2529 S Lamar Blvd
Austin, TX 78704
Phone number(512) 444-0261

Papalote Taco House
2803 S Lamar Blvd
Austin, TX 78704
Phone number(512) 804-2474


Torchy's Tacos
1311 S 1st St
Austin, TX 78704
Phone number(512) 366-0537

Dan's Hamburgers



5602 N Lamar Blvd
Austin, TX 78751
Phone number(512) 459-3239

Omelettes




I like my omelettes a little crisp and lacey, almost an eggy snowflake, folded over cheese and greens. With an extra grind of salt on top. 

I like the sameness of omelette making. The technique might vary, but in the end, you always get an omelette. 
Or hopefully you do. 

I talked to a friend today, I told him how much the transience of life has been scaring me lately. 
Change. 
And he looked at me and said simply, "That's the way it's always been."
He's right. 
But I can't shake the fact that most of the people I know now, I probably wont know in five years. 
Despite the aches and bruises, the same/dullness of school, that guy who never called me, the cruel thing she said, the times I cried in the shower, and all the breaking aching disappointments of growing up and living more, I love this now. 


I love these people and laughing until crying with them, the dreaminess of Friday afternoons, my neighborhood grocery store, the fact that I live above a doughnut shop, running in the quiet neighborhoods around the university, coffee shops and conversations that roll and unwind endlessly... 
These are things worth remembering. 
These are things to love. 

But five years from now it wont really matter. 
So I look forward and smile. 
Hopefully by then I'll be writing better songs and living in Brooklyn, with an apartment full of plants and twinkle lights. 
And it will be better




But five years from now, no matter the location, no matter who I still know, or who I am. 
I will still be making omelettes. 
They're the perfect comfort food for when you are hungry and maybe a little lonely and need a hot meal. 

Omelettes: a meal for every now and every future. 

XOXO
m

L'Omelette
from Mastering the Art of French Cooking by Julia Child

2 or 3 eggs
Big pinch of salt
Pinch of pepper

Beat the eggs and seasonings in the mixing bowl for 20 to 30 seconds until the whites and yolks are just blended.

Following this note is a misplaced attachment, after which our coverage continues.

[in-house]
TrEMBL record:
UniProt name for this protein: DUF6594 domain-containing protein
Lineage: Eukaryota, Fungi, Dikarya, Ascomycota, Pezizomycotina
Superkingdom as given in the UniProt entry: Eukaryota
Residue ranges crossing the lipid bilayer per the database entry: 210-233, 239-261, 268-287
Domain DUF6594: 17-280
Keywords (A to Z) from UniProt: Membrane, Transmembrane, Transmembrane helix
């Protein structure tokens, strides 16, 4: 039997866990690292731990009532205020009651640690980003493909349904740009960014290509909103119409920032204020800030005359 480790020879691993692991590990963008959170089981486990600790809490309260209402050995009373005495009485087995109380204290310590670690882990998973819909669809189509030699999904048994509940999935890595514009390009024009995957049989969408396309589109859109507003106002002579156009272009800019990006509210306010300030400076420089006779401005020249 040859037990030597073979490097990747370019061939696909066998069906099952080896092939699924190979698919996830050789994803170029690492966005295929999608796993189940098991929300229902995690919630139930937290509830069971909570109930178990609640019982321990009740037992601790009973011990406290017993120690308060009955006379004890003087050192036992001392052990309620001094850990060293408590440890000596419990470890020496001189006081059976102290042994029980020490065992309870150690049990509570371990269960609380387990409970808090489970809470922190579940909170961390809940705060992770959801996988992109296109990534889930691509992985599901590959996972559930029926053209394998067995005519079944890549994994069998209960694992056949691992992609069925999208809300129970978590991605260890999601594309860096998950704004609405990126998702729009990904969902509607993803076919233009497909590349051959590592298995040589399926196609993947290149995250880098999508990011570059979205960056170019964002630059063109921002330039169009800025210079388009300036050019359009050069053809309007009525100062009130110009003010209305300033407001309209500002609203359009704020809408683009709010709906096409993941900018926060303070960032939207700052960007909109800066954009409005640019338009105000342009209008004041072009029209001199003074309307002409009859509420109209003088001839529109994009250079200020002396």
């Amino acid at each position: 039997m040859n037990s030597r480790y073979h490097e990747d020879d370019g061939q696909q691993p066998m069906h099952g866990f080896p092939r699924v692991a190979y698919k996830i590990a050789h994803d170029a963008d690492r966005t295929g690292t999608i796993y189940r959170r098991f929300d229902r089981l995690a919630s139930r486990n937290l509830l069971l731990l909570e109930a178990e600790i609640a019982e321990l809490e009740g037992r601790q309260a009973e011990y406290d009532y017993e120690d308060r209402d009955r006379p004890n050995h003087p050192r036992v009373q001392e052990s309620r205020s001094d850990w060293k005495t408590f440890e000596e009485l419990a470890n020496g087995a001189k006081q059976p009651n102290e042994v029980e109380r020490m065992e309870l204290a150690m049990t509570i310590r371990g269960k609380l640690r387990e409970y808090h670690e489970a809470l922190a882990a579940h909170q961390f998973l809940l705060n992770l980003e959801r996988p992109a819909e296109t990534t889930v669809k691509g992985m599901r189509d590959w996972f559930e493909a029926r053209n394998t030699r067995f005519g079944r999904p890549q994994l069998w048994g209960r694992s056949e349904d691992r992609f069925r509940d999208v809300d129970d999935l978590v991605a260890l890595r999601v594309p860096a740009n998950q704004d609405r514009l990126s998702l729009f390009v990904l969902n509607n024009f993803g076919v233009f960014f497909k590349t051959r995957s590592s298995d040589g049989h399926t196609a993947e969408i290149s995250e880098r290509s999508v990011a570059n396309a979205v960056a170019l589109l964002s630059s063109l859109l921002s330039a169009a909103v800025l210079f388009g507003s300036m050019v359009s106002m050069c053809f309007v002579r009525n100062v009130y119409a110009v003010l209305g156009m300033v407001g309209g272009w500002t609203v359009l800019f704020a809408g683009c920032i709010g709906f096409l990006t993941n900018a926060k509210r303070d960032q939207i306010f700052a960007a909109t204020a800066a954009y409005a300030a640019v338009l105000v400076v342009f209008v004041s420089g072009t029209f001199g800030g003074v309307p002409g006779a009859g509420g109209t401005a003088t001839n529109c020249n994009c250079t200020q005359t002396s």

1 tablespoon butter
An omelette pan 7 inches in diamete at the bottom

Place the butter in the pan and set over very high heat. As the butter melts, tilt the pan in all directions to film the sides. When you see that the foam has almost subsided in the pan and the butter is on the point of coloirng (indicating it's hot enough), pour in the eggs. It is of utmost importance in this method that the butter be the correct temperature.

Let the eggs settle in the pan for 2 or 3 seconds to form a film of coagulated egg in the bottom of the pan.
Giving the handle of the pan with both hands, thumbs on top, and immmediately begin jerking the pan vigorously and roughly toward you at an even, 20-degree angle over the heat, one jerk per second.
It is the sharp pull of the pan toward you which throws the eggs against the far lip of the pan, then back over its bottom surface. You must have the courage to be rough or the eggs will not loosen themselves from the bottom of the pan. After several jerks, the eggs will begin to thicken. (A filling goes in at this point, if using.)
Then increase the angle of the pan slightly, which will force the egg mass to roll over on itself with each jerk at teh far lip of the pan.
As sson as the omelette has shaped up, hold it in the angle of the pan to brown the bottom a pale golden color, but onlya second or two, for the eggs must not overcook. The center of the omelette should remina soft and creamy. If the omelette has not formed neatly, push it with the back of your fork.

Turn omelette onto a plate and rub the top witha bit of butter and serve as soon as possible.